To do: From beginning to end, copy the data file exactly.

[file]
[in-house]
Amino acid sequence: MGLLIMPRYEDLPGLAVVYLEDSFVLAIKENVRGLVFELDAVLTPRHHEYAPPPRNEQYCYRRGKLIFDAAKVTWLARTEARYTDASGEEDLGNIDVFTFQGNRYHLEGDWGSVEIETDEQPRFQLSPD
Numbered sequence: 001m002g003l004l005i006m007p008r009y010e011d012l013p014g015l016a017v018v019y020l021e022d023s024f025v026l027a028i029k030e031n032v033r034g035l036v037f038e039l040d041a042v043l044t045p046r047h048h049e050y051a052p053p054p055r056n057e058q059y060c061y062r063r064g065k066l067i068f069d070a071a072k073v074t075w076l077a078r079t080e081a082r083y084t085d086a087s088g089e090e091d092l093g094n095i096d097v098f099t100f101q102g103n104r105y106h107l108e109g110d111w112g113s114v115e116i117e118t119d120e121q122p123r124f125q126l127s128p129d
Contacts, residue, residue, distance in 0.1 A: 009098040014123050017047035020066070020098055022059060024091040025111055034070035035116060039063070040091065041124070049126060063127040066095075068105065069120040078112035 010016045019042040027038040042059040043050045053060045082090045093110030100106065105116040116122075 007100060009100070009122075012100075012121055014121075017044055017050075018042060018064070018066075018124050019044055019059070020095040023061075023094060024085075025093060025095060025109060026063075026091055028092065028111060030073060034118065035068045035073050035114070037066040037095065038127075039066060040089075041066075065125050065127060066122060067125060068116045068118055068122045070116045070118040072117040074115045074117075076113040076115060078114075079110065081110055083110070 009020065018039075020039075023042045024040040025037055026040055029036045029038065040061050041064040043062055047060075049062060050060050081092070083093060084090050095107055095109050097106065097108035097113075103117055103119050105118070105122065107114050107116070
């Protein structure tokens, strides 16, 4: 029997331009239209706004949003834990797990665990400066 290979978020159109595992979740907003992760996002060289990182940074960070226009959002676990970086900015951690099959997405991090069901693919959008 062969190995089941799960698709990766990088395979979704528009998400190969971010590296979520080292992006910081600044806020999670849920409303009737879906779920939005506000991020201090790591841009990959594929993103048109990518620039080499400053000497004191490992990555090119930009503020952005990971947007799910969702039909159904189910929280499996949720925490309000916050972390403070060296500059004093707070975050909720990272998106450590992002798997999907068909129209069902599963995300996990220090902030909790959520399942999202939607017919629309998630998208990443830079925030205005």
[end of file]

[in-house]
Amino acid sequence: MGLLIMPRYEDLPGLAVVYLEDSFVLAIKENVRGLVFELDAVLTPRHHEYAPPPRNEQYCYRRGKLIFDAAKVTWLARTEARYTDASGEEDLGNIDVFTFQGNRYHLEGDWGSVEIETDEQPRFQLSPD
Numbered sequence: 001m002g003l004l005i006m007p008r009y010e011d012l013p014g015l016a017v018v019y020l021e022d023s024f025v026l027a028i029k030e031n032v033r034g035l036v037f038e039l040d041a042v043l044t045p046r047h048h049e050y051a052p053p054p055r056n057e058q059y060c061y062r063r064g065k066l067i068f069d070a071a072k073v074t075w076l077a078r079t080e081a082r083y084t085d086a087s088g089e090e091d092l093g094n095i096d097v098f099t100f101q102g103n104r105y106h107l108e109g110d111w112g113s114v115e116i117e118t119d120e121q122p123r124f125q126l127s128p129d
Contacts, residue, residue, distance in 0.1 A: 009098040014123050017047035020066070020098055022059060024091040025111055034070035035116060039063070040091065041124070049126060063127040066095075068105065069120040078112035 010016045019042040027038040042059040043050045053060045082090045093110030100106065105116040116122075 007100060009100070009122075012100075012121055014121075017044055017050075018042060018064070018066075018124050019044055019059070020095040023061075023094060024085075025093060025095060025109060026063075026091055028092065028111060030073060034118065035068045035073050035114070037066040037095065038127075039066060040089075041066075065125050065127060066122060067125060068116045068118055068122045070116045070118040072117040074115045074117075076113040076115060078114075079110065081110055083110070 009020065018039075020039075023042045024040040025037055026040055029036045029038065040061050041064040043062055047060075049062060050060050081092070083093060084090050095107055095109050097106065097108035097113075103117055103119050105118070105122065107114050107116070
């Protein structure tokens, strides 16, 4: 029997331009239209706004949003834990797990665990400066 290979978020159109595992979740907003992760996002060289990182940074960070226009959002676990970086900015951690099959997405991090069901693919959008 062969190995089941799960698709990766990088395979979704528009998400190969971010590296979520080292992006910081600044806020999670849920409303009737879906779920939005506000991020201090790591841009990959594929993103048109990518620039080499400053000497004191490992990555090119930009503020952005990971947007799910969702039909159904189910929280499996949720925490309000916050972390403070060296500059004093707070975050909720990272998106450590992002798997999907068909129209069902599963995300996990220090902030909790959520399942999202939607017919629309998630998208990443830079925030205005």